Egypt's central bank floated the pound on Thursday in an attempt to stabilize its economy, which has been hampered by a shortage of dollars.
The currency was initially devalued by 32.3% to about 13 pounds per dollar, down from the previous peg of 8.8 per dollar, which had been in place since March. It has since tumbled further, and is now down by about 50%.
At the same time, the central bank also hiked rates by 300 basis points in an attempt to curtail the inflation that's likely to follow the weaker exchange rate.
The devaluation of the pound was one of the key demands by the International Monetary Fund in order for Egypt to receive a loan of $12 billion over three years. The IMF has yet to officially ratify the loan, but it is seen as crucial in helping to stabilize the country's economy.
As for what a devalued currency means for Egypt, Jason Tuvey, Middle East economist at Capital Economics wrote that, "in the short term, the weakening of the pound will inevitably involve some short-term pain. Inflation, which is already high following March's devaluation, is likely to rise."
Despite that short-term pain, the devaluation stands to help the country in the long-run and is likely a welcome sign for foreign investors.
As Tuvey explained in greater detail:
"By floating the pound, the central bank will eventually be able to fully dismantle FX restrictions, reducing disruptions to activity. A weaker currency would also boost external competitiveness and encourage foreign investors back to the country. All of this would help to place Egypt's external position on a more sustainable footing and, if backed up by further economic reforms, should ultimately support stronger economic growth."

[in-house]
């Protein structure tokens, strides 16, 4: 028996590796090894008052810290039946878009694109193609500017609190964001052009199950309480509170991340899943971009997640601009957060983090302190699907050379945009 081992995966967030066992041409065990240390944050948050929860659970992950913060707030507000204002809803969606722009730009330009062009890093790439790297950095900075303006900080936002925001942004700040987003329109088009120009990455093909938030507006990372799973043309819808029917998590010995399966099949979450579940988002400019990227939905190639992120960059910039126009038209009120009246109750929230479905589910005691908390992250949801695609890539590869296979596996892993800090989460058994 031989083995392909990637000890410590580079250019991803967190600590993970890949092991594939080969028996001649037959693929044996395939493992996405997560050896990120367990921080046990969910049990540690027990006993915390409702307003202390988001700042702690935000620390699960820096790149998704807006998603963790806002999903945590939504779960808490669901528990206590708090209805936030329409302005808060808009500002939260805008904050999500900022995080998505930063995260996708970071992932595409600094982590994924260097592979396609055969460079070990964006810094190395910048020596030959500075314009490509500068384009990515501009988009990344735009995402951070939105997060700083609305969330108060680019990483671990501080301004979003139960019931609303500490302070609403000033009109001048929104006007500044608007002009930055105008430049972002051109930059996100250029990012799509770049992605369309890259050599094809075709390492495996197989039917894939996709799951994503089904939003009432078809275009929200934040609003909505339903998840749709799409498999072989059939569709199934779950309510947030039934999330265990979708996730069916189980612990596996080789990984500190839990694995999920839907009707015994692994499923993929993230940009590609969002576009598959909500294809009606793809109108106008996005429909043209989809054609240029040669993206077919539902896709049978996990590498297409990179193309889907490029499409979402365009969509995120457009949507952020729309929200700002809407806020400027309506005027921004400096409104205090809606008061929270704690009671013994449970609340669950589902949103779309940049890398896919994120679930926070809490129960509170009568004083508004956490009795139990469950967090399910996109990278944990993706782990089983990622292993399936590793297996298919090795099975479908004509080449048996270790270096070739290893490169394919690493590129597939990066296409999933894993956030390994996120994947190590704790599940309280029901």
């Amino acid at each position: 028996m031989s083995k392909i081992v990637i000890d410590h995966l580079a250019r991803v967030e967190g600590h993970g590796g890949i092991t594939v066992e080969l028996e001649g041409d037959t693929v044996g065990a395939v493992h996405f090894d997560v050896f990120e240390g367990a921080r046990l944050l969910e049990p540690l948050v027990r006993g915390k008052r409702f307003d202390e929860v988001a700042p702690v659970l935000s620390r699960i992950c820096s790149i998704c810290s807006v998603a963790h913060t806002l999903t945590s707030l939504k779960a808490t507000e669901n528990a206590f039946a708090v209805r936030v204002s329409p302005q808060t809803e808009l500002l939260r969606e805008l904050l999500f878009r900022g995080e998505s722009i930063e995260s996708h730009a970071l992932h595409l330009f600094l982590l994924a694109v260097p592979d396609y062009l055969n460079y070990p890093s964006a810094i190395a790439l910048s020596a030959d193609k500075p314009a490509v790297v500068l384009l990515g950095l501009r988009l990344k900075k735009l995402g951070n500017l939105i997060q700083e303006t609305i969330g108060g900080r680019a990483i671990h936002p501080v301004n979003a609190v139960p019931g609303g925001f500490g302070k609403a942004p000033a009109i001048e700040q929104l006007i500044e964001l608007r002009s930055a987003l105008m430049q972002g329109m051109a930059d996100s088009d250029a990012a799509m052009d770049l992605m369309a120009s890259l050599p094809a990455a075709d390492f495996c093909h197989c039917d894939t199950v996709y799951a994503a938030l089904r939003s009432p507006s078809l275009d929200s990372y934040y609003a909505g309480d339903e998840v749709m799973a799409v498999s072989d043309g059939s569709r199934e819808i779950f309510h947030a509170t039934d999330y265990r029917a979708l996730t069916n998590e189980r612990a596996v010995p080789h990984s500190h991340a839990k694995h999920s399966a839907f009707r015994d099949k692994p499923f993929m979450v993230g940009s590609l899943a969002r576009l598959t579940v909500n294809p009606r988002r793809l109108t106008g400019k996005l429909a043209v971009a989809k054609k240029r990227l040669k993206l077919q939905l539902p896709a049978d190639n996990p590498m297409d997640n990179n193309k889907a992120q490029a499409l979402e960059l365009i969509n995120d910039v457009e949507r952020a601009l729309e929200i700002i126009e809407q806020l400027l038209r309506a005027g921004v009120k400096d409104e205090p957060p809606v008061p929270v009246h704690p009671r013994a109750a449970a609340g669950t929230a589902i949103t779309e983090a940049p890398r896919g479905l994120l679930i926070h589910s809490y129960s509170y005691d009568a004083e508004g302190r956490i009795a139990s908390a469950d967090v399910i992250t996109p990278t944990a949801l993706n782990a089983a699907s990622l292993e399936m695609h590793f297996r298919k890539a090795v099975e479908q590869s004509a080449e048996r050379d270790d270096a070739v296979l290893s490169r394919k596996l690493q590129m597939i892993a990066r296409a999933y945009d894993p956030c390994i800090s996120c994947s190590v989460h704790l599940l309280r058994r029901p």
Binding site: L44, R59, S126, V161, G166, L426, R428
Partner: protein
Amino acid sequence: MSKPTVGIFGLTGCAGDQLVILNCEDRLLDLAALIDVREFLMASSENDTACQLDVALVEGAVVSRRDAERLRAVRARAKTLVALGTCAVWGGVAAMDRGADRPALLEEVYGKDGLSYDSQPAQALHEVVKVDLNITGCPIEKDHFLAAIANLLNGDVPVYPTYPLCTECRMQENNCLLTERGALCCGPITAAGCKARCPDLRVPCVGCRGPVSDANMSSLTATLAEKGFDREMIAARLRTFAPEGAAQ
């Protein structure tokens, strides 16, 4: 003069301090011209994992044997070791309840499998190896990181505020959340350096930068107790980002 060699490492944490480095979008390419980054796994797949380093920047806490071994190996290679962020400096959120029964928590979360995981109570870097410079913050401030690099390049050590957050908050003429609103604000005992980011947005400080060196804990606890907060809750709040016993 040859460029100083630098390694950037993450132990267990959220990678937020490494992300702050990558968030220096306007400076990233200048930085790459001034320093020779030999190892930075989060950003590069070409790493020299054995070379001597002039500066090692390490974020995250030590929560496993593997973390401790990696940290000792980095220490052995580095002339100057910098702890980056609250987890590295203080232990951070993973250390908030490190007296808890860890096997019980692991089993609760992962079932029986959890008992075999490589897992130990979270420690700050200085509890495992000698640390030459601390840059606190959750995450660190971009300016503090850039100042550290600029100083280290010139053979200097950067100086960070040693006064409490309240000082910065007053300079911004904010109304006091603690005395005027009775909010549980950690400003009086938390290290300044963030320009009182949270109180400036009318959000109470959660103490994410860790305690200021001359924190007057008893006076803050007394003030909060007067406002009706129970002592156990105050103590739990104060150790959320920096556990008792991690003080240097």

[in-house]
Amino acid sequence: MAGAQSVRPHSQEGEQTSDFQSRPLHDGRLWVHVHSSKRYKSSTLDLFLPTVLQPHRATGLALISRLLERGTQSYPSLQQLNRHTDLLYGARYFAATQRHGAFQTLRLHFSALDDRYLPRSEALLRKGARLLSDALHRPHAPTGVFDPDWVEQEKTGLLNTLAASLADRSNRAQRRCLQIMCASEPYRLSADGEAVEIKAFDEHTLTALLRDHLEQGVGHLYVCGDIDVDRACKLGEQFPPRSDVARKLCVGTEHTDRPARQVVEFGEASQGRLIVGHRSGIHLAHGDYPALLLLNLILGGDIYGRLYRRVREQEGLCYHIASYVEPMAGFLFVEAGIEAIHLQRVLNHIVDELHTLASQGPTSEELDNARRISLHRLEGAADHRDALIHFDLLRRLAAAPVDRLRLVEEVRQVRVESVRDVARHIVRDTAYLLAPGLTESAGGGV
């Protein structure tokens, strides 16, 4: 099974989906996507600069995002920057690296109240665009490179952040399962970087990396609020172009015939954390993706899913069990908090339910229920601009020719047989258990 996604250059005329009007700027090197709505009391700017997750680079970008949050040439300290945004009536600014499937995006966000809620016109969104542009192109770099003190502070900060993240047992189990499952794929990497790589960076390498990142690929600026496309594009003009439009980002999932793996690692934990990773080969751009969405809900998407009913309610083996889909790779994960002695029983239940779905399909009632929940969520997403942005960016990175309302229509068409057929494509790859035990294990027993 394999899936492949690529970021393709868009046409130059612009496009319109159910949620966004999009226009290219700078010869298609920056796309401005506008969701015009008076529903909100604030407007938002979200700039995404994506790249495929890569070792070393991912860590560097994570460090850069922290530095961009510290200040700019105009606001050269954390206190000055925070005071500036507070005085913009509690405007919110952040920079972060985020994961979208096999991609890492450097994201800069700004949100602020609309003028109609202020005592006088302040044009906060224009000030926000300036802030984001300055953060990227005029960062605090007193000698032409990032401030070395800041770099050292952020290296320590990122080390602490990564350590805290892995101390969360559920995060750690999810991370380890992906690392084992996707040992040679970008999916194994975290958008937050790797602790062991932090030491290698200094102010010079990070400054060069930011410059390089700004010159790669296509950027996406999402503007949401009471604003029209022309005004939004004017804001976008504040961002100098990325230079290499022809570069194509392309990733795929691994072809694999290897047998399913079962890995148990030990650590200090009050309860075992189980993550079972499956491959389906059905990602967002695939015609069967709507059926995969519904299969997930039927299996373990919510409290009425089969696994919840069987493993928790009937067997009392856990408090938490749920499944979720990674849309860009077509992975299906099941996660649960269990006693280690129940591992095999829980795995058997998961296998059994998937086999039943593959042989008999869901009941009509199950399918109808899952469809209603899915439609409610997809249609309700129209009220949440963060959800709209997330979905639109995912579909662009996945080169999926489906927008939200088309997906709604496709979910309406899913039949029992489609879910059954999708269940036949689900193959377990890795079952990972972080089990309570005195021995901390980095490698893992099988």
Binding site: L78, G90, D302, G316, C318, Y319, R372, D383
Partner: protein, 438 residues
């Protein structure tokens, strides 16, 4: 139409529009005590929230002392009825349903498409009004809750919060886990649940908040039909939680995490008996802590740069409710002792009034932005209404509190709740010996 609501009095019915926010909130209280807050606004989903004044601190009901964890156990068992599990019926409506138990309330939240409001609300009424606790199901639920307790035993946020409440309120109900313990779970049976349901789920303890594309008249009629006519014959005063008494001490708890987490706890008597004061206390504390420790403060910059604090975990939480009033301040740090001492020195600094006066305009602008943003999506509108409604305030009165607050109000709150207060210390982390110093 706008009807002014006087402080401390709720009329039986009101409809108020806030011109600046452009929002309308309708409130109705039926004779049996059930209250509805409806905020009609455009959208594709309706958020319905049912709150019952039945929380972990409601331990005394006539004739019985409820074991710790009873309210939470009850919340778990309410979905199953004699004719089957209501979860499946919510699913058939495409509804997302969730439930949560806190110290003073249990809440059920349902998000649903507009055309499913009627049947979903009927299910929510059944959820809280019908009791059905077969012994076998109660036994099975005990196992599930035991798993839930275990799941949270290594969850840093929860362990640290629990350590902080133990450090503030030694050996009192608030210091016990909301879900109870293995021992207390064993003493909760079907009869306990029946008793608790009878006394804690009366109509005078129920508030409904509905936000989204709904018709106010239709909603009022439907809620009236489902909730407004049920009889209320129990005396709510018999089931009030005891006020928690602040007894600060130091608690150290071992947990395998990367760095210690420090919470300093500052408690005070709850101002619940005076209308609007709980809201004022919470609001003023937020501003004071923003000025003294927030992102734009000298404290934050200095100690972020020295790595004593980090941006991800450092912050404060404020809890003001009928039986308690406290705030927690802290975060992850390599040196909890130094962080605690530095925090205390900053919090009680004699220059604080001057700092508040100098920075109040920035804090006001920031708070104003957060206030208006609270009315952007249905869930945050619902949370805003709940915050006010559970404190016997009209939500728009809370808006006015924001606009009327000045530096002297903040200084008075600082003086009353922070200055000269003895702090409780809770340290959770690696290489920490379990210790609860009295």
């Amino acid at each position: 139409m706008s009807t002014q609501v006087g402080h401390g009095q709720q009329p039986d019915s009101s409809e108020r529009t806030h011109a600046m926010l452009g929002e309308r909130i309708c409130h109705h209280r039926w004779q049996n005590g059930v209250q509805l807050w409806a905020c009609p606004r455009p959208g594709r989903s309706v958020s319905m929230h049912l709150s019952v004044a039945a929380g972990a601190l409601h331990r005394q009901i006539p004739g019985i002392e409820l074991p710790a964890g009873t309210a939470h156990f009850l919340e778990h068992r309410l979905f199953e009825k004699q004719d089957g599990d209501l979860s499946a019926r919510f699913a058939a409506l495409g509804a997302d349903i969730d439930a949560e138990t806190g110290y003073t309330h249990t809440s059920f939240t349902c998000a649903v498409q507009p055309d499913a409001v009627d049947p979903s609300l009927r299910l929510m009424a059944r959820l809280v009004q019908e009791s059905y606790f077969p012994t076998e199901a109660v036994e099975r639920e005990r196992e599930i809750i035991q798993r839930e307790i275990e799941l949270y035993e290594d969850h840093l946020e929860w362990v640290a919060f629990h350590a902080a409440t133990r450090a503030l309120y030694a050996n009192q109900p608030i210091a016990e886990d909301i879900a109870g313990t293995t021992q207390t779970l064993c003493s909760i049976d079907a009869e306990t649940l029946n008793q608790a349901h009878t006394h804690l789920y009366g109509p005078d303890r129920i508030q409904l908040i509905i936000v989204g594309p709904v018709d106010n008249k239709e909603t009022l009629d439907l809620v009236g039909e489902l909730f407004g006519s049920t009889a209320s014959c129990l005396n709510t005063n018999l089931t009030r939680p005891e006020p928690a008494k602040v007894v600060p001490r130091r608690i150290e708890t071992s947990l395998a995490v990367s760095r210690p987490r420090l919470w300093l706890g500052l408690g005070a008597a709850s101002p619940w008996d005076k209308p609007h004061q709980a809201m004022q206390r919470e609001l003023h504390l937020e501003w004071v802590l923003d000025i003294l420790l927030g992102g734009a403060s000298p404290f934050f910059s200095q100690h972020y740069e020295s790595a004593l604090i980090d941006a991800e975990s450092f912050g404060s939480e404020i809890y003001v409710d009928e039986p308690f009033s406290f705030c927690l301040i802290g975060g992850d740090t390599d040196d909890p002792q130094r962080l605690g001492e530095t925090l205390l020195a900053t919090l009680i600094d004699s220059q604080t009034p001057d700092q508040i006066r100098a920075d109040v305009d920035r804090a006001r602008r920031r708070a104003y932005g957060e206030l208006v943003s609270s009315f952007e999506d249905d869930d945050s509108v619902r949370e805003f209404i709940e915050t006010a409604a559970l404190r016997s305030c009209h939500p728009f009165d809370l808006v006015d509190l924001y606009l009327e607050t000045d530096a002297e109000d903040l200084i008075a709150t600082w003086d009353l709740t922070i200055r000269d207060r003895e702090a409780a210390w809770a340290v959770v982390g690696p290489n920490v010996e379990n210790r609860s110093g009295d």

Egyptian stocks soared immediately following the announcement, with the country's main stock index, the EGX30, surging by about 8%. Stocks have since retraced earlier gains, and are up by 3.4% as of 1:05 p.m. ET.
The Egyptian economy has been struggling since 2011, when President Hosni Mubarak was ousted.
The current president, Abdel Fattah al-Sisi, had outlined "an ambitious plan to develop agriculture, housing, education and impoverished areas" in his election campaign and promised that Egyptian would see their living standards improve within two years. But the country has seen economic problems intensify over the last few years amid a collapsing tourism sector and lower oil prices.
Tourist arrivals to Egypt plunged dramatically after the Arab Spring revolution, and again after last year's downing of a Russian aircraft on Egypt's Sinai Peninsula shortly after take off from Sharm el-Sheikh. This has been problematic for Egypt given that its tourism sector is a major source of hard currency.
The resulting shortage of hard currency has been acutely felt by the country, which heavily relies on imports. Most notably, there has been a shortage of sugar; and on Wednesday, CNN reported that the government seized about 9,000 tons of the commodity in raids.
Moreover, lower oil prices have indirectly hit the economy as well. With economic growth sputtering elsewhere in the Gulf region, companies have been laying off employees - many of whom are foreign workers, including many Egyptians working abroad. And this has been problematic for Egypt, which is one of the more exposed countries to the Gulf slowdown and is dependent on remittances from citizens working abroad.